With modeling exercises predicting an estimated 400,000 cases in the next 12 months and as many of half of those cases occurring in the next three months, International Medical Corps is working to expand its cholera response operations with new cholera treatment centers (CTC’s), oral rehydration points (ORP’s), and mobile clinics to cover additional underserved areas. International Medical Corps is currently running seven CTC’s in Artibonite and Les Cayes, where Cholera Emergency Response Teams have provided medical care to more than 7,578 cholera patients.
“The disease continues to spread at an alarming rate and we will continue to see a rise in cases as it spreads throughout the country,” says Dr. Jojo Cangao, International Medical Corps medical director in Haiti. “International Medical Corps will work to meet the increased case load through additional CTC’s while expanding our cholera education activities to reach new communities.”
The organization has already implemented CTC’s at hospitals in Verrettes, St. Michel, and Ennery in Artibonite region as well as two sites in Les Cayes, where patients are being administered IV solution, oral rehydration salts, and doxycycline to treat cholera and given water purification tablets. International Medical Corps plans to expand these services to Nippes and Archaie.
Its expansion strategy also includes a network of ORP’s, smaller treatment centers that will be positioned in hard-to-reach areas, as well as three mobile medical units that will serve extremely remote places in Artibonite cut off by rains, flooding, and landslides. These mobile medical teams will also train local medical staff, deliver supplies, and transport acute patients to hospitals, when needed.
International Medical Corps established oral rehydration points in all of its network of 13 primary health care clinics in and around Port-au-Prince, Petit Goave, Leogane, and Jacmel. Through these clinics, International Medical Corps will administer oral rehydration salts and will refer and transfer patients to higher level care as needed, making sure that severely dehydrated patients are given IV line before referring them.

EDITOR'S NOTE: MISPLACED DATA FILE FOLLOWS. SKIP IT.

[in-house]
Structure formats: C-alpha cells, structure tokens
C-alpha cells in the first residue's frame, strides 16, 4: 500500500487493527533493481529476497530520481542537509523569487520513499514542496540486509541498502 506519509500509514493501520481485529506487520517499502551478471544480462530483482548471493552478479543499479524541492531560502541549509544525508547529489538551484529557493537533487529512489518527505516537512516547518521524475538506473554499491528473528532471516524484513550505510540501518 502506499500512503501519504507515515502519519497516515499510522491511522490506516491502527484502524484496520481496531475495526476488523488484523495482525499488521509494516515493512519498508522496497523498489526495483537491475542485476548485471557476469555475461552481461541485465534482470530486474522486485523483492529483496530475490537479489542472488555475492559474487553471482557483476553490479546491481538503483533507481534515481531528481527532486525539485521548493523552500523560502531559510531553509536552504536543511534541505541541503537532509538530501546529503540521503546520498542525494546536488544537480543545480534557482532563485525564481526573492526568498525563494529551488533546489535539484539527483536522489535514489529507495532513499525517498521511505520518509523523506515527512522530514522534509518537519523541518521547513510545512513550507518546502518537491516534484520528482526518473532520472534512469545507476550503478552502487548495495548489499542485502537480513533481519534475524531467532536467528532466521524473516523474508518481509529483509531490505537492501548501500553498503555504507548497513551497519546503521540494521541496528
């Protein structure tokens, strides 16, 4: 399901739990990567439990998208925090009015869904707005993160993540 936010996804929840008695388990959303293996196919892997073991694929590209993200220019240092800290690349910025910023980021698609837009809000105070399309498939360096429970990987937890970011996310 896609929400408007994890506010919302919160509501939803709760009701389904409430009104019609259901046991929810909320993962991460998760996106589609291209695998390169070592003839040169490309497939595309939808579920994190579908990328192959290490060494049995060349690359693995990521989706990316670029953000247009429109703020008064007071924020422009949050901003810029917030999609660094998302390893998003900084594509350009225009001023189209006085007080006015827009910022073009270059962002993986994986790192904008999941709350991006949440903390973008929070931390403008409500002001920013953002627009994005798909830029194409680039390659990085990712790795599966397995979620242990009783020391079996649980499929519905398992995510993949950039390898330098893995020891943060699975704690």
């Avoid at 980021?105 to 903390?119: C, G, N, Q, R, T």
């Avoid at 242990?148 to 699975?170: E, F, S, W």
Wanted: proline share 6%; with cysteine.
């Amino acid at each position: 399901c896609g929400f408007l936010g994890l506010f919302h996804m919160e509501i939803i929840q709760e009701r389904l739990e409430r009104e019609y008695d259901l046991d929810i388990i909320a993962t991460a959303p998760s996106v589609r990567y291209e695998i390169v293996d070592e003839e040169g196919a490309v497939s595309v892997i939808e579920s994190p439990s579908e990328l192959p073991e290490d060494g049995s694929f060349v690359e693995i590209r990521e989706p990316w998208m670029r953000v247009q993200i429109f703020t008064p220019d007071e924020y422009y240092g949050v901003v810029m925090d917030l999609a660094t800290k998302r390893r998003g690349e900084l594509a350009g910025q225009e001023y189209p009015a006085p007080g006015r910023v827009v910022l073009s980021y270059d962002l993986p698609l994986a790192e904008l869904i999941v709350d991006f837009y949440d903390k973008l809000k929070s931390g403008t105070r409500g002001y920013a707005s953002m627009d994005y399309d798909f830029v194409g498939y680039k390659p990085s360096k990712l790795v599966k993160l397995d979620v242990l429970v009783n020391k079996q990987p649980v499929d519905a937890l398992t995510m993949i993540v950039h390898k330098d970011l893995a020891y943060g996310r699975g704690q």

When the outbreak was first confirmed, International Medical Corps trained all of its clinic staff in cholera prevention, identification, and treatment. These trainings have now been delivered to its team of 29 doctors and 95 nurses working in primary health clinics and Cholera Treatment Centers throughout Haiti.
In addition to medical staff training, International Medical Corps has also reached approximately 11,600 people in churches, schools, camps, orphanages, and communities with information on cholera and continues to expand its cholera education campaign through its network of 320 Community Health Workers as well as other social networks such as the Boy Scout leadership, religious congregations, and community organizations, including teacher associations.Infectious disease specialists have also been deployed and are now working with hospitals in Artibonite on medical waste management and infection control.
International Medical Corps has extensive experience in cholera outbreak response, management, and prevention, with its most recent responses in Zimbabwe, Mozambique, the Democratic Republic of Congo (DRC), and Iraq. Clean water, sanitation, and hygiene are also one of its top organizational priorities, with such programs in countries including Haiti, Somalia, Kenya, and the DRC.
Since its inception nearly 25 years ago, International Medical Corps’ mission has been consistent: relieve the suffering of those impacted by war, natural disaster, and disease, by delivering vital health care services that focus on training. This approach of helping people help themselves is critical to returning devastated populations to self-reliance. For more information, visit: www.InternationalMedicalCorps.org